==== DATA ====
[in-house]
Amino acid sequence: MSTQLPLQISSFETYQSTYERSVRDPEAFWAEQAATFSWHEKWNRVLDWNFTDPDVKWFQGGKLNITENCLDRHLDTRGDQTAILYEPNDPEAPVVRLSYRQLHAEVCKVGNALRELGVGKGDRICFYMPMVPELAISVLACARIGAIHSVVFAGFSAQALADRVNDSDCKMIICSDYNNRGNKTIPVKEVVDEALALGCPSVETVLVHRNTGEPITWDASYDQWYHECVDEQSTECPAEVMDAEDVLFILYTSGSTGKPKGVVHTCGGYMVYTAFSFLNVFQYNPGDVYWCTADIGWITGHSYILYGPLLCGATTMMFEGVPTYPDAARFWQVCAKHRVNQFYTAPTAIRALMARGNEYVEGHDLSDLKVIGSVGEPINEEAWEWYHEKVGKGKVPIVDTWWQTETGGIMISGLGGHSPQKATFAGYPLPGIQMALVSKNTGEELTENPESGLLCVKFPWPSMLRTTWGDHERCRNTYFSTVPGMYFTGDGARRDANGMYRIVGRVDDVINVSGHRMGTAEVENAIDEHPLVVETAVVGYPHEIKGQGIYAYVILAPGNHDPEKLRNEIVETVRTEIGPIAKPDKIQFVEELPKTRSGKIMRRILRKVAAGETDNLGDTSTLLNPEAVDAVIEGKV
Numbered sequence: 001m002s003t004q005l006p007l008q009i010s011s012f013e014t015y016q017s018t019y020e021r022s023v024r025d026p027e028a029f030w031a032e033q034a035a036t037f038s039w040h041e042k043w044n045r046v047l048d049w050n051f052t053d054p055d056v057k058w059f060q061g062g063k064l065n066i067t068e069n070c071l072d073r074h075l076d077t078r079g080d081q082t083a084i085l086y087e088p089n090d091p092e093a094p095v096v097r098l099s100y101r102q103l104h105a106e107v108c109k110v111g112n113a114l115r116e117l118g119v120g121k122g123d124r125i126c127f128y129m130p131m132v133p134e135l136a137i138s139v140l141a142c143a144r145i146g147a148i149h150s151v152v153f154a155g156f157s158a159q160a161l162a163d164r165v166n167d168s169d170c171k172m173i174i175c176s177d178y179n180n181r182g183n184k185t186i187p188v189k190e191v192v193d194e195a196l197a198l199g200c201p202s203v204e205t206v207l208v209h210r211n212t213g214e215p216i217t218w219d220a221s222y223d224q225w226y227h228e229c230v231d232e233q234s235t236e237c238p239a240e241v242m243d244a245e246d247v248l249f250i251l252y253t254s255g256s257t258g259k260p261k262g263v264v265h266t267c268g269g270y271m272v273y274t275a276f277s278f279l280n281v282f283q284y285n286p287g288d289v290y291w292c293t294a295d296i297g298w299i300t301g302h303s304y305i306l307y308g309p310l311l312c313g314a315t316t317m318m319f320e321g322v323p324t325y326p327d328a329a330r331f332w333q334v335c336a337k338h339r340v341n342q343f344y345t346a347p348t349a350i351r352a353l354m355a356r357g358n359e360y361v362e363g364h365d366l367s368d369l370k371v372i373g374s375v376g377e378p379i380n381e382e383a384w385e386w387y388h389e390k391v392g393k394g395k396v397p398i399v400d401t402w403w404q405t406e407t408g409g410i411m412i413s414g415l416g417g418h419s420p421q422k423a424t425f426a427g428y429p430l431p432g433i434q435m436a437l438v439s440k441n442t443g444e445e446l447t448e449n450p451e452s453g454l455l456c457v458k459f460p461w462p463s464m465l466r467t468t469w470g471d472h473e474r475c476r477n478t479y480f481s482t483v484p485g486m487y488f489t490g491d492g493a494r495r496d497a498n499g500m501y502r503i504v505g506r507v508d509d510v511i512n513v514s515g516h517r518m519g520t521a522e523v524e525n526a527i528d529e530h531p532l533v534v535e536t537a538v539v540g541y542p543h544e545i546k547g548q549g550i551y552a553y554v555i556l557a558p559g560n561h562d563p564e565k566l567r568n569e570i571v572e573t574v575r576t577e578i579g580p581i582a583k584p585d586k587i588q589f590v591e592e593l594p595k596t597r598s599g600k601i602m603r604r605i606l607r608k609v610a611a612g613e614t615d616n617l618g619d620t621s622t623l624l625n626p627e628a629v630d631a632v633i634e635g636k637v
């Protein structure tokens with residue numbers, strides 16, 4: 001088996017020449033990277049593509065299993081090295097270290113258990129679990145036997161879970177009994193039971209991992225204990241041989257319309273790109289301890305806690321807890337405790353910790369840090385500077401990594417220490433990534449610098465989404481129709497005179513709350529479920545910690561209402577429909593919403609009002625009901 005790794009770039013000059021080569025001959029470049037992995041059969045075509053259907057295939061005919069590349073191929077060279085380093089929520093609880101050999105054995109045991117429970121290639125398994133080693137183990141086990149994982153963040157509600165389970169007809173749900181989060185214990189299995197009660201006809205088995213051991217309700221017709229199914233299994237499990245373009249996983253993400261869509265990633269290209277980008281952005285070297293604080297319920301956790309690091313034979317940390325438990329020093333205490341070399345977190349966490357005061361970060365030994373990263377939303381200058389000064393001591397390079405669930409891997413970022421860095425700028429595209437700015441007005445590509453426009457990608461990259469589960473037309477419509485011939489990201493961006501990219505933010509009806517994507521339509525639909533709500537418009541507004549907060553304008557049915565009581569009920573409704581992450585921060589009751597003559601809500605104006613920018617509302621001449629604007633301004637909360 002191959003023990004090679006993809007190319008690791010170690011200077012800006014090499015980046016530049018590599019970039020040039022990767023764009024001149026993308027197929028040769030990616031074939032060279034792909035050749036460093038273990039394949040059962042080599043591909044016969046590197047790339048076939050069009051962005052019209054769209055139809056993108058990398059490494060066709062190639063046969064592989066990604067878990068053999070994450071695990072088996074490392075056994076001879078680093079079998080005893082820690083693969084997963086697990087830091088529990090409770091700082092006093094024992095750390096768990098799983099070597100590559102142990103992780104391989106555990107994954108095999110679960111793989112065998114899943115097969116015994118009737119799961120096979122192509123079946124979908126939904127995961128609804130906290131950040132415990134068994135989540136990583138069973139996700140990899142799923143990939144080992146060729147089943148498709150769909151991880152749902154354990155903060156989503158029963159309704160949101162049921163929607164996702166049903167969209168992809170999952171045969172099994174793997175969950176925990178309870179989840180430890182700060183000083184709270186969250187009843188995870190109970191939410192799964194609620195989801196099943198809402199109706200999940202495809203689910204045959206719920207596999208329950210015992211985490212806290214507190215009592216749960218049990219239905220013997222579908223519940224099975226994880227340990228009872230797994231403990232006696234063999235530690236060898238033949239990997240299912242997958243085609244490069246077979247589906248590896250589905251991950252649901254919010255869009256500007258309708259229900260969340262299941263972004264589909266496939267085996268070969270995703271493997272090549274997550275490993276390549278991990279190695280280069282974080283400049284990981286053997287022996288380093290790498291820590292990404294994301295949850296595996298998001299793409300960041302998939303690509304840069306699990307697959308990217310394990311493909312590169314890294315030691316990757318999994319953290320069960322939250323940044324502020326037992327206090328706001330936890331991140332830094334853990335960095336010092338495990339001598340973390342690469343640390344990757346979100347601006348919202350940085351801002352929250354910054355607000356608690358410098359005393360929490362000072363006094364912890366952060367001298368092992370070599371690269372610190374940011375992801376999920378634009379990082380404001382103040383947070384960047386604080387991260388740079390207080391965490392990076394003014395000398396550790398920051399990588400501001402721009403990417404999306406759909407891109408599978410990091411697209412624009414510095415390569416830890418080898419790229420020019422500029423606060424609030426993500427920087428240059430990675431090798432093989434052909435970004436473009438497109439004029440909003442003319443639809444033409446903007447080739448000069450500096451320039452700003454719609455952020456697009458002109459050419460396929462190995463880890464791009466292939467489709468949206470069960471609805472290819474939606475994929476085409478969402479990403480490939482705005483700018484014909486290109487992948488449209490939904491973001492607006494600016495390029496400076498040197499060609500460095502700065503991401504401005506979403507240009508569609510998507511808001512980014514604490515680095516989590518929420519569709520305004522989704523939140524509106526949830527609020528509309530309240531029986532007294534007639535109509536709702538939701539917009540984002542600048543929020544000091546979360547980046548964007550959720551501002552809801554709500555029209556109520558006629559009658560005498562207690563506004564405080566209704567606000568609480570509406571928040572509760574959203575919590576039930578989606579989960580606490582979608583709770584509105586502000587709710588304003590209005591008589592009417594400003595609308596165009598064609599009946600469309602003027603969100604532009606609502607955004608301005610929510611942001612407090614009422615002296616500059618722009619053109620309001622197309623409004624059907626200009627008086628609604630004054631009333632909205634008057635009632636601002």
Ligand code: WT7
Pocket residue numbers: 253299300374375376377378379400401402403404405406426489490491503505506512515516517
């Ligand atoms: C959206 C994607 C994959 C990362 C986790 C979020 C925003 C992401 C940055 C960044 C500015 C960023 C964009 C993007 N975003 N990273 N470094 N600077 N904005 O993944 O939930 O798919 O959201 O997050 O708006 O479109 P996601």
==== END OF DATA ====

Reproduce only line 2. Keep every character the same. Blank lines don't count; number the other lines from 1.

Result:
Amino acid sequence: MSTQLPLQISSFETYQSTYERSVRDPEAFWAEQAATFSWHEKWNRVLDWNFTDPDVKWFQGGKLNITENCLDRHLDTRGDQTAILYEPNDPEAPVVRLSYRQLHAEVCKVGNALRELGVGKGDRICFYMPMVPELAISVLACARIGAIHSVVFAGFSAQALADRVNDSDCKMIICSDYNNRGNKTIPVKEVVDEALALGCPSVETVLVHRNTGEPITWDASYDQWYHECVDEQSTECPAEVMDAEDVLFILYTSGSTGKPKGVVHTCGGYMVYTAFSFLNVFQYNPGDVYWCTADIGWITGHSYILYGPLLCGATTMMFEGVPTYPDAARFWQVCAKHRVNQFYTAPTAIRALMARGNEYVEGHDLSDLKVIGSVGEPINEEAWEWYHEKVGKGKVPIVDTWWQTETGGIMISGLGGHSPQKATFAGYPLPGIQMALVSKNTGEELTENPESGLLCVKFPWPSMLRTTWGDHERCRNTYFSTVPGMYFTGDGARRDANGMYRIVGRVDDVINVSGHRMGTAEVENAIDEHPLVVETAVVGYPHEIKGQGIYAYVILAPGNHDPEKLRNEIVETVRTEIGPIAKPDKIQFVEELPKTRSGKIMRRILRKVAAGETDNLGDTSTLLNPEAVDAVIEGKV